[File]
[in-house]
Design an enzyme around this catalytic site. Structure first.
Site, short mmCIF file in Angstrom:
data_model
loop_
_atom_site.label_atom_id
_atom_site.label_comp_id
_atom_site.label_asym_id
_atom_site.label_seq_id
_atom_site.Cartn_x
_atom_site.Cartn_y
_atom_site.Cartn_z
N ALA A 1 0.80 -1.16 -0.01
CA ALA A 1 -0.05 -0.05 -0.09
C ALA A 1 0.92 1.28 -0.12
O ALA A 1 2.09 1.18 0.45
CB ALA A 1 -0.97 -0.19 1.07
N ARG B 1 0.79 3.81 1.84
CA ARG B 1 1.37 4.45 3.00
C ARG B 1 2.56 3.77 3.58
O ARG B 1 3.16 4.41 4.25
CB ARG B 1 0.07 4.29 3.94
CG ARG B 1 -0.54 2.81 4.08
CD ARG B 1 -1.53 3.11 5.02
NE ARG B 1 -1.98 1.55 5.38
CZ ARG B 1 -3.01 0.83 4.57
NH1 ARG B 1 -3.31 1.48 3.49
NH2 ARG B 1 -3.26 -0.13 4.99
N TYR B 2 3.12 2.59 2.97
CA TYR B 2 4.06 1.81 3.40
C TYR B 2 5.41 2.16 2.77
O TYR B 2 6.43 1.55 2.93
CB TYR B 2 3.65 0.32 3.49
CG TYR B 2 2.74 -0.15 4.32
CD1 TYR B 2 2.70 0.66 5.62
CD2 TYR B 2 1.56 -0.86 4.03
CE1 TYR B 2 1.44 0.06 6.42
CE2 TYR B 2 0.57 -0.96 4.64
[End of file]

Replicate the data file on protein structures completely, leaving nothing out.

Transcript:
[in-house]
Design an enzyme around this catalytic site. Structure first.
Site, short mmCIF file in Angstrom:
data_model
loop_
_atom_site.label_atom_id
_atom_site.label_comp_id
_atom_site.label_asym_id
_atom_site.label_seq_id
_atom_site.Cartn_x
_atom_site.Cartn_y
_atom_site.Cartn_z
N ALA A 1 0.80 -1.16 -0.01
CA ALA A 1 -0.05 -0.05 -0.09
C ALA A 1 0.92 1.28 -0.12
O ALA A 1 2.09 1.18 0.45
CB ALA A 1 -0.97 -0.19 1.07
N ARG B 1 0.79 3.81 1.84
CA ARG B 1 1.37 4.45 3.00
C ARG B 1 2.56 3.77 3.58
O ARG B 1 3.16 4.41 4.25
CB ARG B 1 0.07 4.29 3.94
CG ARG B 1 -0.54 2.81 4.08
CD ARG B 1 -1.53 3.11 5.02
NE ARG B 1 -1.98 1.55 5.38
CZ ARG B 1 -3.01 0.83 4.57
NH1 ARG B 1 -3.31 1.48 3.49
NH2 ARG B 1 -3.26 -0.13 4.99
N TYR B 2 3.12 2.59 2.97
CA TYR B 2 4.06 1.81 3.40
C TYR B 2 5.41 2.16 2.77
O TYR B 2 6.43 1.55 2.93
CB TYR B 2 3.65 0.32 3.49
CG TYR B 2 2.74 -0.15 4.32
CD1 TYR B 2 2.70 0.66 5.62
CD2 TYR B 2 1.56 -0.86 4.03
CE1 TYR B 2 1.44 0.06 6.42
CE2 TYR B 2 0.57 -0.96 4.64